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UMass Lowell Computer Science 91.503 Analysis of Algorithms Prof. Karen Daniels Fall, 2008PowerPoint Presentation

UMass Lowell Computer Science 91.503 Analysis of Algorithms Prof. Karen Daniels Fall, 2008

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### UMass Lowell Computer Science 91.503Analysis of AlgorithmsProf. Karen DanielsFall, 2008

Lecture 2

Tuesday, 9/16/08

Design Patterns for Optimization Problems

Greedy Algorithms

Algorithmic Paradigm Context

Solve subproblem(s), then make choice

Make choice, then solve subproblem(s)

Subproblem solution order

What is a Greedy Algorithm?

- Solves an optimization problem
- Optimal Substructure:
- optimal solution contains in it optimal solutions to subproblems

- Greedy Strategy:
- At each decision point, do what looks best “locally”
- Choice does not depend on evaluating potential future choices or presolving overlapping subproblems
- Top-down algorithmic structure
- With each step, reduce problem to a smaller problem

- Greedy Choice Property:
- “locally best” = globally best

Greedy Strategy Approach

- Determine the optimal substructure of the problem.
- Develop a recursive solution.
- Prove that, at any stage of the recursion, one of the optimal choices is the greedy choice.
- Show that all but one of the subproblems caused by making the greedy choice are empty.
- Develop a recursive greedy algorithm.
- Convert it to an iterative algorithm.

source: 91.503 textbook Cormen, et al.

Examples

- Activity Selection
- Minimum Spanning Tree
- Dijkstra Shortest Path
- Huffman Codes
- Fractional Knapsack

Activity Selection Optimization Problem

- Problem Instance:
- Set S = {1,2,...,n} of n activities
- Each activity i has:
- start time: si
- finish time: fi

- Activities i, j are compatible iff non-overlapping:
- Objective:
- select a maximum-sized set of mutually compatible activities

source: 91.404 textbook Cormen, et al.

2

4

5

9

3

12

16

6

10

14

15

11

7

13

8

1

2

3

4

5

6

7

8

Activity SelectionActivity Time Duration

Activity Number

Algorithmic Progression

- “Brute-Force”
- (board work)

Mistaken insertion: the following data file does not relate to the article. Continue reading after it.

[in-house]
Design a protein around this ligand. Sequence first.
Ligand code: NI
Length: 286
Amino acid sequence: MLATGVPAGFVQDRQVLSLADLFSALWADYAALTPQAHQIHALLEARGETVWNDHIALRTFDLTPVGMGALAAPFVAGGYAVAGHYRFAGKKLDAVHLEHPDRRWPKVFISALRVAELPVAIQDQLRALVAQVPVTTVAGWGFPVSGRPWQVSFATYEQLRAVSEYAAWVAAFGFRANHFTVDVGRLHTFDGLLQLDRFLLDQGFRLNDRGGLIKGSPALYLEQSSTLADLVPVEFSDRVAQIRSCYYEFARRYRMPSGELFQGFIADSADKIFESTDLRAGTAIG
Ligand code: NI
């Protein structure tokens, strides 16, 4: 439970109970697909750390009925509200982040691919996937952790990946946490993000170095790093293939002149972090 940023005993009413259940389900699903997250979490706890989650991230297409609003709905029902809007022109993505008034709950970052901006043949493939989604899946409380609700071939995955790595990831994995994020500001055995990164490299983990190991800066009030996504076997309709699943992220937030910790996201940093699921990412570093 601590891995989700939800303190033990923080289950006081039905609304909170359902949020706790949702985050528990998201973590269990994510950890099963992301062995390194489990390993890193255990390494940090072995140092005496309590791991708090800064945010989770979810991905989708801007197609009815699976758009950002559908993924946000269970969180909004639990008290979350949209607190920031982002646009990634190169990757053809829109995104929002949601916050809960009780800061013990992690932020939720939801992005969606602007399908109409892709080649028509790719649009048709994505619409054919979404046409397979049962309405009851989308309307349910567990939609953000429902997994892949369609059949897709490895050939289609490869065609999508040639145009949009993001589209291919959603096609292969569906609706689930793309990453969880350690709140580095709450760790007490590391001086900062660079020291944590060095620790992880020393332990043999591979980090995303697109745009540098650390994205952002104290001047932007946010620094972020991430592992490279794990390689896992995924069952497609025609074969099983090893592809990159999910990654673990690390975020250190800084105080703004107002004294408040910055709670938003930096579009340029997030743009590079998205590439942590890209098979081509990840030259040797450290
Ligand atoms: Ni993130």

- Dynamic Programming #1
- Exponential number of subproblems
- (board work)

- Dynamic Programming #2
- Quadratic number of subproblems

- Greedy Algorithm

Activity Selection

Solution to Sij including ak produces 2 subproblems:

1) Sik (start after ai finishes; finish before ak starts)

2) Skj (start after ak finishes; finish before aj starts)

c[i,j]=size of maximum-size subset of mutually compatible activities in Sij.

source: 91.404 textbook Cormen, et al.

High-level call: RECURSIVE-ACTIVITY-SELECTOR(s,f,0,n)

Returns an optimal solution for

Errors from earlier printing are corrected in red.

source: web site accompanying 91.503 textbook Cormen, et al.

Greedy Algorithm

source: 91.503 textbook Cormen, et al.

- Algorithm:
- S’ = presort activities in Sby nondecreasing finish time
- and renumber

- GREEDY-ACTIVITY-SELECTOR(S’)
- n length[S’]
- A {1}
- j 1
- for i 2 to n
- do if
- then
- ji

- return A

- S’ = presort activities in Sby nondecreasing finish time

Streamlined Greedy Strategy Approach

- View optimization problem as one in which making choice leaves one subproblem to solve.
- Prove there always exists an optimal solution that makes the greedy choice.
- Show that greedy choice + optimal solution to subproblem optimal solution to problem.

Greedy Choice Property: “locally best” = globally best

source: 91.503 textbook Cormen, et al.

Invariant: Minimum weight spanning forest

Becomes single tree at end

Invariant: Minimum weight tree

2

A

B

4

3

G

6

Spans all vertices at end

5

1

1

E

7

6

F

8

4

D

C

2

Minimum Spanning TreeTime: O(|E|lg|E|) given fast FIND-SET, UNION

- Produces minimum weight tree of edges that includes every vertex.

Time: O(|E|lg|V|) = O(|E|lg|E|) slightly faster with fast priority queue

- forUndirected, Connected, Weighted Graph
- G=(V,E)

source: 91.503 textbook Cormen et al.

A

4

3

6

5

1

1

7

B

6

F

8

G

4

C

2

E

D

Single Source Shortest Paths: Dijkstra’s Algorithmfor (nonnegative)weighted,directed graph G=(V,E)

source: 91.503 textbook Cormen et al.

Huffman Codes

source: 91.503 textbook Cormen, et al.

Knapsack

Each item has value and weight.

Goal: maximize total value of items chosen, subject to weight limit.

50

fractional: can take part of an item

0-1: take all or none of an item

30

20

10

item1

item2

item3

“knapsack”

Value: $60 $100 $120

Additional Examples

On course web site under Miscellaneous Docs

- Patriotic Tree
- 404 review handout

- Tree Vertex Cover
- 91.503 midterm

Greedy Heuristic

- If optimization problem does not have “greedy choice property”, greedy approach may still be useful as a heuristic in bounding the optimal solution
- Example: minimization problem

Upper Bound (heuristic)

Solution Values

Optimal (unknown value)

Lower Bound

Homework

HW# Assigned DueContent

1 T 9/9 T 9/16 91.404 review & Chapter 15

2 T 9/16 T 9/23 Chapter 16

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